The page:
Savings and Investment

App based savings solutions like SQRRL and Gullak, are being introduced to tap “lazy money”, lying in bank accounts, to enhance the utility of money, along with inducing a saving behaviour in the customers.

Organizations such as Payse are piloting digital hardware wallets in the self-help group space to digitize records and transactions, wherein all the SHG leaders are provided with a Payse hardware wallet called PURSE which is used to convert cash to e-money and store it for repayment with the help of an agent.


In the space of payments too we find innovations along the value chain: While we initially saw mainly   consumer level solutions like standalone wallets offered e.g. by Paytm and Mobikwik or those linked with mobile service providers, like Airtel or Vodafone are gaining traction, business solution start-ups are now following suit. Budipay, a Unified Payments Interface based app (yet to launch in India) aims to work to digitally facilitate bulk transfer payments and is focusing its efforts on enabling wage payments and pension. Novopay, another wallet is currently expanding its network of retailers who accept payments through their wallet product. Eko has innovated a semi-closed wallet for rural-urban migrants who earn a monthly income of 10,000 to 15,000 in cash and are economically active. The wallet enables the users to remit money back home, using their mobile phones. The wallet also enables basic bill payments and is piloting payments at stores that have an established POS payment mechanism, like chemists and organized retail of groceries.

Digital solutions tapping business networks are aimed at facilitating the flow of funds digitally. In the process, they facilitate quick payments and improve availability of credit to the cash-based units in the network.


In the insurance space, Telenor, a mobile network operator is looking to replicate the success of their mobile insurance product in Bangladesh. The micro-insurance product, available to subscribers of the network, works on a “Fremium” model: if the subscriber recharges his connection, he become eligible for an insurance product, where the premium is ascertained based on the usage history of the subscriber.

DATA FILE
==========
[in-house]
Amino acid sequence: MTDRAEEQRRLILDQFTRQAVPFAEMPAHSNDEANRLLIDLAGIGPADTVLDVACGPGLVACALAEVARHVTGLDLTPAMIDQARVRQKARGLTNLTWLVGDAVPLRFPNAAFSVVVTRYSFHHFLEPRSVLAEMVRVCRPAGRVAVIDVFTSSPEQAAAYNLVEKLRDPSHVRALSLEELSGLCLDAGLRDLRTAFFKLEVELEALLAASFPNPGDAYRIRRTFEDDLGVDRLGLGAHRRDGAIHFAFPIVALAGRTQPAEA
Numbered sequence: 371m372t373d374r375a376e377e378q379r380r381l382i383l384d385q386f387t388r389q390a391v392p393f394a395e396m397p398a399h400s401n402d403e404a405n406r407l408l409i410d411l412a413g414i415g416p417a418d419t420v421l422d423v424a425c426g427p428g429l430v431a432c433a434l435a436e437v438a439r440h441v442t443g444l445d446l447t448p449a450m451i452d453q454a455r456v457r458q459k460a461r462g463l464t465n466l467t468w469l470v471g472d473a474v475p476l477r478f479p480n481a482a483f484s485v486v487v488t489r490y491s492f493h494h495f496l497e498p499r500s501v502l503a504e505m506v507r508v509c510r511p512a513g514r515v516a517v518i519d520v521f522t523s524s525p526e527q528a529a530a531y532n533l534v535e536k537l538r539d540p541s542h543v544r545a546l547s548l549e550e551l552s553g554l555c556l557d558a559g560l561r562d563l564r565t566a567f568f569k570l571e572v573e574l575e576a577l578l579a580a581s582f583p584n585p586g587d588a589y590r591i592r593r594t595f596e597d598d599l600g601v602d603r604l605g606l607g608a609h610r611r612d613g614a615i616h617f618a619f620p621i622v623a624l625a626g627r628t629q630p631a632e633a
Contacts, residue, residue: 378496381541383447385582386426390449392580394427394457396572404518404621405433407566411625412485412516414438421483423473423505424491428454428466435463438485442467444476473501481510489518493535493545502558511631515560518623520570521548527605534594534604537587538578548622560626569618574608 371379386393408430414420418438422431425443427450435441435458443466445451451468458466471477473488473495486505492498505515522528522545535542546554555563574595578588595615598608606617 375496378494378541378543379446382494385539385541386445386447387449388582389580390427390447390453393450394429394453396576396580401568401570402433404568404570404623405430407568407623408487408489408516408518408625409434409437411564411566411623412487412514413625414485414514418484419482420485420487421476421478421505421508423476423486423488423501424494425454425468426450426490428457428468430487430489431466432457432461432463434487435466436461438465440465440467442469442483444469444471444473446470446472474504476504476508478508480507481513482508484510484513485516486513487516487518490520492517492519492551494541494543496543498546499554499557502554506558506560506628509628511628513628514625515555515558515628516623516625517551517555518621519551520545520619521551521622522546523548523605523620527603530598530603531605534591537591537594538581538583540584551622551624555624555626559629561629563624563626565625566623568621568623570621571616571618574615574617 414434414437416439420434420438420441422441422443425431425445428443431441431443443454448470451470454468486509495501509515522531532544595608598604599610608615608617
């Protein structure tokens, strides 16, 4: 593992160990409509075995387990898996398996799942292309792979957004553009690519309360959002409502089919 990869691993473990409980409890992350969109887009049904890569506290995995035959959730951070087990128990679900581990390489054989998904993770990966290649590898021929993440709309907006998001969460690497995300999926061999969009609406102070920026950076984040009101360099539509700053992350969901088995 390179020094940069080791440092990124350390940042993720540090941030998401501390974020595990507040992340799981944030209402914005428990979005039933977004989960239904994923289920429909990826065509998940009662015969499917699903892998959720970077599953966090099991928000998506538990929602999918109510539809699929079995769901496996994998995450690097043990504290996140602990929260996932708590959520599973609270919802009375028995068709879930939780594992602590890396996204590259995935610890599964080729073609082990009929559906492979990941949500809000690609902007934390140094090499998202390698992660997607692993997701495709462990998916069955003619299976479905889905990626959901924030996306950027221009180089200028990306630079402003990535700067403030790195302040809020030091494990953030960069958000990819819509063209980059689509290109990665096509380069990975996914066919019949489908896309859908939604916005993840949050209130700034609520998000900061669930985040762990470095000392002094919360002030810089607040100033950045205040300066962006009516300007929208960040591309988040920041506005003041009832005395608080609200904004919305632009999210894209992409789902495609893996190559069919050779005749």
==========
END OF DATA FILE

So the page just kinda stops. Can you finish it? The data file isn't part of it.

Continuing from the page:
These are only a few instances which echo the fact that it is an exciting time to be in the digital financial space in India. It is imperative for solution providers to simultaneously target their products towards retailers and other stakeholders in the business supply chains along with end- consumers. Only then, they can build a functioning ecosystem on a digital platform. While a large number of these efforts are at a nascent, experimental stage, it will be interesting to see how the existing technical infrastructure is utilized to scale up these solutions and fuel individuals and small businesses to prosper digitally.

When they do so, it will be important for solution providers to factor in the currently low levels of use of digital financial services among low income households and small businesses and understand the key drivers of change while convincing the target consumers to switch from cash-based operating models.  At every nodal point of the value chain, the solutions will have to be convenient, adding tangible, easily demonstrated value while also being secure.

Prachi Agarwal is a Consultant with IFMR LEAD for its Process Mapping and Evaluation of Digital Financial Services Project